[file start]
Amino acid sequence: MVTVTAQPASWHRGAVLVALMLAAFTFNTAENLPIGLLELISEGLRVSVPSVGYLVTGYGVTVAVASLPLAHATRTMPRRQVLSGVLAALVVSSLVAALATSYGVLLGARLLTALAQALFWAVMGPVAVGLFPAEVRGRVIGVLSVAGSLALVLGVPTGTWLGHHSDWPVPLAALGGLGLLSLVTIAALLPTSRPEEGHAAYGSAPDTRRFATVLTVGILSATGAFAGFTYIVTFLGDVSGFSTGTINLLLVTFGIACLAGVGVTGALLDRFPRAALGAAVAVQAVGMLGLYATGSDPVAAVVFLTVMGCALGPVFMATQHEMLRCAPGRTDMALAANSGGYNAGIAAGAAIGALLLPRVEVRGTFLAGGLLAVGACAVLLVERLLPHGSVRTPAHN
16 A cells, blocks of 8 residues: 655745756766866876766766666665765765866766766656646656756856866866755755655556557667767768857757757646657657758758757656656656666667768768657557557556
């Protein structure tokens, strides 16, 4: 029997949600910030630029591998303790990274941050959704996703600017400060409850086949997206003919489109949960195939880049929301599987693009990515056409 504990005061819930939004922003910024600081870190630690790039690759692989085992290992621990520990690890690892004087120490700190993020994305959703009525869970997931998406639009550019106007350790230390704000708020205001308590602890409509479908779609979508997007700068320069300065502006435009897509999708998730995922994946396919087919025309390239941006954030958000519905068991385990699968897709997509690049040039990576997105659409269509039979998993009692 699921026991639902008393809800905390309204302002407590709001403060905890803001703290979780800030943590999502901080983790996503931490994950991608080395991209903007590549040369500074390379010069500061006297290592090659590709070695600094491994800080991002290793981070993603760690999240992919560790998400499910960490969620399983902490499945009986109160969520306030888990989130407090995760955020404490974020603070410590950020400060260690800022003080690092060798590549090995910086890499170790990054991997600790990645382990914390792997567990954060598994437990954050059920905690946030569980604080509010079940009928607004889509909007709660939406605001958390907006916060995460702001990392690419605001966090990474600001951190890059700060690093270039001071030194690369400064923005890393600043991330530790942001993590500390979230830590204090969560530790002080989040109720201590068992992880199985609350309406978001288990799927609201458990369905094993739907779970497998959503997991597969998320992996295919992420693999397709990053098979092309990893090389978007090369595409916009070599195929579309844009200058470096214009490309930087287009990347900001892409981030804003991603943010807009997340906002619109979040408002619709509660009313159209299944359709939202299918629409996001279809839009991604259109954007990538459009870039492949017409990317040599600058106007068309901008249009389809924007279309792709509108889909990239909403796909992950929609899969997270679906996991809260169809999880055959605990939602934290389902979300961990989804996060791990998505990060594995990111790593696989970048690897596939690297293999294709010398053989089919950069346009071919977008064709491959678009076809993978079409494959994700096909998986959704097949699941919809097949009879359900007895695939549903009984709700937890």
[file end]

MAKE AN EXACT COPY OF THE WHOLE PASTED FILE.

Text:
Amino acid sequence: MVTVTAQPASWHRGAVLVALMLAAFTFNTAENLPIGLLELISEGLRVSVPSVGYLVTGYGVTVAVASLPLAHATRTMPRRQVLSGVLAALVVSSLVAALATSYGVLLGARLLTALAQALFWAVMGPVAVGLFPAEVRGRVIGVLSVAGSLALVLGVPTGTWLGHHSDWPVPLAALGGLGLLSLVTIAALLPTSRPEEGHAAYGSAPDTRRFATVLTVGILSATGAFAGFTYIVTFLGDVSGFSTGTINLLLVTFGIACLAGVGVTGALLDRFPRAALGAAVAVQAVGMLGLYATGSDPVAAVVFLTVMGCALGPVFMATQHEMLRCAPGRTDMALAANSGGYNAGIAAGAAIGALLLPRVEVRGTFLAGGLLAVGACAVLLVERLLPHGSVRTPAHN
16 A cells, blocks of 8 residues: 655745756766866876766766666665765765866766766656646656756856866866755755655556557667767768857757757646657657758758757656656656666667768768657557557556
């Protein structure tokens, strides 16, 4: 029997949600910030630029591998303790990274941050959704996703600017400060409850086949997206003919489109949960195939880049929301599987693009990515056409 504990005061819930939004922003910024600081870190630690790039690759692989085992290992621990520990690890690892004087120490700190993020994305959703009525869970997931998406639009550019106007350790230390704000708020205001308590602890409509479908779609979508997007700068320069300065502006435009897509999708998730995922994946396919087919025309390239941006954030958000519905068991385990699968897709997509690049040039990576997105659409269509039979998993009692 699921026991639902008393809800905390309204302002407590709001403060905890803001703290979780800030943590999502901080983790996503931490994950991608080395991209903007590549040369500074390379010069500061006297290592090659590709070695600094491994800080991002290793981070993603760690999240992919560790998400499910960490969620399983902490499945009986109160969520306030888990989130407090995760955020404490974020603070410590950020400060260690800022003080690092060798590549090995910086890499170790990054991997600790990645382990914390792997567990954060598994437990954050059920905690946030569980604080509010079940009928607004889509909007709660939406605001958390907006916060995460702001990392690419605001966090990474600001951190890059700060690093270039001071030194690369400064923005890393600043991330530790942001993590500390979230830590204090969560530790002080989040109720201590068992992880199985609350309406978001288990799927609201458990369905094993739907779970497998959503997991597969998320992996295919992420693999397709990053098979092309990893090389978007090369595409916009070599195929579309844009200058470096214009490309930087287009990347900001892409981030804003991603943010807009997340906002619109979040408002619709509660009313159209299944359709939202299918629409996001279809839009991604259109954007990538459009870039492949017409990317040599600058106007068309901008249009389809924007279309792709509108889909990239909403796909992950929609899969997270679906996991809260169809999880055959605990939602934290389902979300961990989804996060791990998505990060594995990111790593696989970048690897596939690297293999294709010398053989089919950069346009071919977008064709491959678009076809993978079409494959994700096909998986959704097949699941919809097949009879359900007895695939549903009984709700937890």